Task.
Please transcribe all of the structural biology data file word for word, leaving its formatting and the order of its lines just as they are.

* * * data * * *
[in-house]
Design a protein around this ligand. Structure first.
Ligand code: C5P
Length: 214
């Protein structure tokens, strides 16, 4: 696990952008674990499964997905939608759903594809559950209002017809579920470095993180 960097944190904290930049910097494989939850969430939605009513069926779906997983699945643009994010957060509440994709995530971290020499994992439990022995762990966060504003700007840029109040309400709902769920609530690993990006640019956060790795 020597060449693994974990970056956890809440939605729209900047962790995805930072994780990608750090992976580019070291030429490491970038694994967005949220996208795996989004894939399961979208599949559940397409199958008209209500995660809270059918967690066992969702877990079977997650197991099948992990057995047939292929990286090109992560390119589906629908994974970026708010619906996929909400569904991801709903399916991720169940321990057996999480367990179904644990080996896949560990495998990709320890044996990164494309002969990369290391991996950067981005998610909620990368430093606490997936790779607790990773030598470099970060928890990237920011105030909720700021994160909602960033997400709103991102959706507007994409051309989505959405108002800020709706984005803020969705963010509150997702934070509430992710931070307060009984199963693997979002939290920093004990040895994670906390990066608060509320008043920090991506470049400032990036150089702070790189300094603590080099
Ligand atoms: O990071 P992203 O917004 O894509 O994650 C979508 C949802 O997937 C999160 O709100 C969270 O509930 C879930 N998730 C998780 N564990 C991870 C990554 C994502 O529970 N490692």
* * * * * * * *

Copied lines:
[in-house]
Design a protein around this ligand. Structure first.
Ligand code: C5P
Length: 214
């Protein structure tokens, strides 16, 4: 696990952008674990499964997905939608759903594809559950209002017809579920470095993180 960097944190904290930049910097494989939850969430939605009513069926779906997983699945643009994010957060509440994709995530971290020499994992439990022995762990966060504003700007840029109040309400709902769920609530690993990006640019956060790795 020597060449693994974990970056956890809440939605729209900047962790995805930072994780990608750090992976580019070291030429490491970038694994967005949220996208795996989004894939399961979208599949559940397409199958008209209500995660809270059918967690066992969702877990079977997650197991099948992990057995047939292929990286090109992560390119589906629908994974970026708010619906996929909400569904991801709903399916991720169940321990057996999480367990179904644990080996896949560990495998990709320890044996990164494309002969990369290391991996950067981005998610909620990368430093606490997936790779607790990773030598470099970060928890990237920011105030909720700021994160909602960033997400709103991102959706507007994409051309989505959405108002800020709706984005803020969705963010509150997702934070509430992710931070307060009984199963693997979002939290920093004990040895994670906390990066608060509320008043920090991506470049400032990036150089702070790189300094603590080099
Ligand atoms: O990071 P992203 O917004 O894509 O994650 C979508 C949802 O997937 C999160 O709100 C969270 O509930 C879930 N998730 C998780 N564990 C991870 C990554 C994502 O529970 N490692």